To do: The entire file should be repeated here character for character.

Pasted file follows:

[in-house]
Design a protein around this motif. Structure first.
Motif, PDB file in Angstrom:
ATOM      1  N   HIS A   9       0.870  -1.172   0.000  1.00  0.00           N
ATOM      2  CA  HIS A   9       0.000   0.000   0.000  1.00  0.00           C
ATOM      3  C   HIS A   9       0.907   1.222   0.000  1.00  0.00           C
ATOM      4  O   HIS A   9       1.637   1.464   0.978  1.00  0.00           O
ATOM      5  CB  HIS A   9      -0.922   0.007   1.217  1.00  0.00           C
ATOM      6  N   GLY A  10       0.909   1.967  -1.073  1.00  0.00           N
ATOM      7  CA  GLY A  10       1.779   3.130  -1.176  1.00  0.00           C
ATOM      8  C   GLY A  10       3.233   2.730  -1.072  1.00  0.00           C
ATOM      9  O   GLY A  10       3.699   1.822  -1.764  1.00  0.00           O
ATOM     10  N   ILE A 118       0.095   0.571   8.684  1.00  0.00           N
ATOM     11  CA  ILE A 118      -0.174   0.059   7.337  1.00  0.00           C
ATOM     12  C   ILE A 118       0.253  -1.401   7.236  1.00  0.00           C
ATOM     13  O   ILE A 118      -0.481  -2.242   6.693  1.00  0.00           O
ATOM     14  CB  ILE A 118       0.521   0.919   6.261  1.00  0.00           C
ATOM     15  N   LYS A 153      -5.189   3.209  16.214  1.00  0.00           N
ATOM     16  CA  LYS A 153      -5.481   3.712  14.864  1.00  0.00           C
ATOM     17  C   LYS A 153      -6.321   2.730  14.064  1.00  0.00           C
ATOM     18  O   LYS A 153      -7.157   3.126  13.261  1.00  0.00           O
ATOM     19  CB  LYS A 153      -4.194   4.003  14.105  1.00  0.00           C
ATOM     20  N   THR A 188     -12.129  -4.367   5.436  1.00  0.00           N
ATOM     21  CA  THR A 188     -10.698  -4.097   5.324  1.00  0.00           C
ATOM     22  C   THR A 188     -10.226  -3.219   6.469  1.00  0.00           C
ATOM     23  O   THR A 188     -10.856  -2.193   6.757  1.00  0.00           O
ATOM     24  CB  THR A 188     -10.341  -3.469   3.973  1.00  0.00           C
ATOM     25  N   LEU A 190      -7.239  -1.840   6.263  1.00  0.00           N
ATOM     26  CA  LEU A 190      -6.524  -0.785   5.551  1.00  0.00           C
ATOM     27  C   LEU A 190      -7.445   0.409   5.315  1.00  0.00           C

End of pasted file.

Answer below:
[in-house]
Design a protein around this motif. Structure first.
Motif, PDB file in Angstrom:
ATOM      1  N   HIS A   9       0.870  -1.172   0.000  1.00  0.00           N
ATOM      2  CA  HIS A   9       0.000   0.000   0.000  1.00  0.00           C
ATOM      3  C   HIS A   9       0.907   1.222   0.000  1.00  0.00           C
ATOM      4  O   HIS A   9       1.637   1.464   0.978  1.00  0.00           O
ATOM      5  CB  HIS A   9      -0.922   0.007   1.217  1.00  0.00           C
ATOM      6  N   GLY A  10       0.909   1.967  -1.073  1.00  0.00           N
ATOM      7  CA  GLY A  10       1.779   3.130  -1.176  1.00  0.00           C
ATOM      8  C   GLY A  10       3.233   2.730  -1.072  1.00  0.00           C
ATOM      9  O   GLY A  10       3.699   1.822  -1.764  1.00  0.00           O
ATOM     10  N   ILE A 118       0.095   0.571   8.684  1.00  0.00           N
ATOM     11  CA  ILE A 118      -0.174   0.059   7.337  1.00  0.00           C
ATOM     12  C   ILE A 118       0.253  -1.401   7.236  1.00  0.00           C
ATOM     13  O   ILE A 118      -0.481  -2.242   6.693  1.00  0.00           O
ATOM     14  CB  ILE A 118       0.521   0.919   6.261  1.00  0.00           C
ATOM     15  N   LYS A 153      -5.189   3.209  16.214  1.00  0.00           N
ATOM     16  CA  LYS A 153      -5.481   3.712  14.864  1.00  0.00           C
ATOM     17  C   LYS A 153      -6.321   2.730  14.064  1.00  0.00           C
ATOM     18  O   LYS A 153      -7.157   3.126  13.261  1.00  0.00           O
ATOM     19  CB  LYS A 153      -4.194   4.003  14.105  1.00  0.00           C
ATOM     20  N   THR A 188     -12.129  -4.367   5.436  1.00  0.00           N
ATOM     21  CA  THR A 188     -10.698  -4.097   5.324  1.00  0.00           C
ATOM     22  C   THR A 188     -10.226  -3.219   6.469  1.00  0.00           C
ATOM     23  O   THR A 188     -10.856  -2.193   6.757  1.00  0.00           O
ATOM     24  CB  THR A 188     -10.341  -3.469   3.973  1.00  0.00           C
ATOM     25  N   LEU A 190      -7.239  -1.840   6.263  1.00  0.00           N
ATOM     26  CA  LEU A 190      -6.524  -0.785   5.551  1.00  0.00           C
ATOM     27  C   LEU A 190      -7.445   0.409   5.315  1.00  0.00           C